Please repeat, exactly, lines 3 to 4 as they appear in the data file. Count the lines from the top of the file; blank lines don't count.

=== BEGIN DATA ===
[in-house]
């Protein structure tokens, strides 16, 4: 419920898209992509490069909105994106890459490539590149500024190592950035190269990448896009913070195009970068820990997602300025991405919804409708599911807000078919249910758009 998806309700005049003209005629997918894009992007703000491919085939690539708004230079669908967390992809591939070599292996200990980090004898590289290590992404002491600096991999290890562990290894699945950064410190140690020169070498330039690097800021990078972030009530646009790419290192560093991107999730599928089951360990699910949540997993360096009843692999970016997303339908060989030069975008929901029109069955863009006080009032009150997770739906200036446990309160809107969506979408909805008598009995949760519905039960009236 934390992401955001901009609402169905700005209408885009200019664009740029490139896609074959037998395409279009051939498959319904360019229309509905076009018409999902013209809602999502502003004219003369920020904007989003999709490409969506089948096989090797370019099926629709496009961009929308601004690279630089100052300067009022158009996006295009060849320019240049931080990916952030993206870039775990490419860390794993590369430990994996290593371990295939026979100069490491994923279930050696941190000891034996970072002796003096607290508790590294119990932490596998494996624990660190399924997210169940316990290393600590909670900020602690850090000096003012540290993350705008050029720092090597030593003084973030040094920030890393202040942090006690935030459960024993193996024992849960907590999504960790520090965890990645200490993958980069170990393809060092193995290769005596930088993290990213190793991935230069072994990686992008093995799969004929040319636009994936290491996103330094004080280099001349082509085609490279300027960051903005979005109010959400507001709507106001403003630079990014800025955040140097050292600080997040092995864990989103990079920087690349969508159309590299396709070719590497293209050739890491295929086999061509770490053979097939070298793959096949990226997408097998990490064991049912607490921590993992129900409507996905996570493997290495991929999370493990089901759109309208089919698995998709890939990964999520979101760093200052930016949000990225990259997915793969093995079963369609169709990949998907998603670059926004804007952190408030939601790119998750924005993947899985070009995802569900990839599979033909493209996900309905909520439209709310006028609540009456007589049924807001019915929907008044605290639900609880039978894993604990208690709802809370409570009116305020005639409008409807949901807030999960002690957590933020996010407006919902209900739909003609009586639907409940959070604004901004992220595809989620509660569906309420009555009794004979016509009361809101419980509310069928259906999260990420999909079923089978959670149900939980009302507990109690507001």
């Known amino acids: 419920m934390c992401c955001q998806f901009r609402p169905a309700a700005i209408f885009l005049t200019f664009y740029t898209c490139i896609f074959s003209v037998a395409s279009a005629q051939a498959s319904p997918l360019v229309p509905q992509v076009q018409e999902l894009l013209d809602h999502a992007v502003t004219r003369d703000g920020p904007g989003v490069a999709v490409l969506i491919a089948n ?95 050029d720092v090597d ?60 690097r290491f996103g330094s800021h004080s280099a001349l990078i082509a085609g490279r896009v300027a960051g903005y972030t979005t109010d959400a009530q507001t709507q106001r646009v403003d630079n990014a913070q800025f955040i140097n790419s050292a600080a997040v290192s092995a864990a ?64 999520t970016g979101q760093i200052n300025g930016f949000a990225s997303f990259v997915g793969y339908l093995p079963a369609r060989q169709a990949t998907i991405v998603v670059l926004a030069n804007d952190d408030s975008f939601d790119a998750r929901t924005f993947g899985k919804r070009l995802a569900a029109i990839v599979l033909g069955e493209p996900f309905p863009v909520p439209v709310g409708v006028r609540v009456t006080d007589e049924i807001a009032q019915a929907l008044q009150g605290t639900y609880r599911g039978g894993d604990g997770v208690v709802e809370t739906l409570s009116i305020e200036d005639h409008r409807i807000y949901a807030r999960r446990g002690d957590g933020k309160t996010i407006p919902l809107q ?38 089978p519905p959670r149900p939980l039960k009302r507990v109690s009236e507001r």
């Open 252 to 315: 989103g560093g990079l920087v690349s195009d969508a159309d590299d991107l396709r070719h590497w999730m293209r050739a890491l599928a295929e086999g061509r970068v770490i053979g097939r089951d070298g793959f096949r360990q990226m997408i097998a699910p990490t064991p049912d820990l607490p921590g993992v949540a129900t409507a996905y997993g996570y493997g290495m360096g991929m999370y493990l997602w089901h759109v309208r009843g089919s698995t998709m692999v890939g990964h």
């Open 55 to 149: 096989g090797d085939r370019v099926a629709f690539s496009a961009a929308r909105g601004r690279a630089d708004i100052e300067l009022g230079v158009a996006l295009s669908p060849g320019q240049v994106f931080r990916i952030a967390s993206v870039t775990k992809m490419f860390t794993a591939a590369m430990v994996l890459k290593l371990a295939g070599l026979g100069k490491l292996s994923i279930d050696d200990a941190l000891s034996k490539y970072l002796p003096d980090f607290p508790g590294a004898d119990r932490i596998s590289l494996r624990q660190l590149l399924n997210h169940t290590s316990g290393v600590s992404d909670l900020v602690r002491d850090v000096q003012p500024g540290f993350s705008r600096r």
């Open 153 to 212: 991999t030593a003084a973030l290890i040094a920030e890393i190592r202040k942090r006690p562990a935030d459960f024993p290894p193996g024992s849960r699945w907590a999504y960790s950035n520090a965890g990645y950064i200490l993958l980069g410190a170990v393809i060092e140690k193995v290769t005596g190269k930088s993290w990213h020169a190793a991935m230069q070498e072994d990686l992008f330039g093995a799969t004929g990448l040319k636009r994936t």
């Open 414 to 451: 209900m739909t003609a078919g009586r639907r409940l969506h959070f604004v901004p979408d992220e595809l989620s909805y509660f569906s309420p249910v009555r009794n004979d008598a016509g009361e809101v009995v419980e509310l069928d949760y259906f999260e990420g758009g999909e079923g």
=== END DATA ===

């Known amino acids: 419920m934390c992401c955001q998806f901009r609402p169905a309700a700005i209408f885009l005049t200019f664009y740029t898209c490139i896609f074959s003209v037998a395409s279009a005629q051939a498959s319904p997918l360019v229309p509905q992509v076009q018409e999902l894009l013209d809602h999502a992007v502003t004219r003369d703000g920020p904007g989003v490069a999709v490409l969506i491919a089948n ?95 050029d720092v090597d ?60 690097r290491f996103g330094s800021h004080s280099a001349l990078i082509a085609g490279r896009v300027a960051g903005y972030t979005t109010d959400a009530q507001t709507q106001r646009v403003d630079n990014a913070q800025f955040i140097n790419s050292a600080a997040v290192s092995a864990a ?64 999520t970016g979101q760093i200052n300025g930016f949000a990225s997303f990259v997915g793969y339908l093995p079963a369609r060989q169709a990949t998907i991405v998603v670059l926004a030069n804007d952190d408030s975008f939601d790119a998750r929901t924005f993947g899985k919804r070009l995802a569900a029109i990839v599979l033909g069955e493209p996900f309905p863009v909520p439209v709310g409708v006028r609540v009456t006080d007589e049924i807001a009032q019915a929907l008044q009150g605290t639900y609880r599911g039978g894993d604990g997770v208690v709802e809370t739906l409570s009116i305020e200036d005639h409008r409807i807000y949901a807030r999960r446990g002690d957590g933020k309160t996010i407006p919902l809107q ?38 089978p519905p959670r149900p939980l039960k009302r507990v109690s009236e507001r």
């Open 252 to 315: 989103g560093g990079l920087v690349s195009d969508a159309d590299d991107l396709r070719h590497w999730m293209r050739a890491l599928a295929e086999g061509r970068v770490i053979g097939r089951d070298g793959f096949r360990q990226m997408i097998a699910p990490t064991p049912d820990l607490p921590g993992v949540a129900t409507a996905y997993g996570y493997g290495m360096g991929m999370y493990l997602w089901h759109v309208r009843g089919s698995t998709m692999v890939g990964h």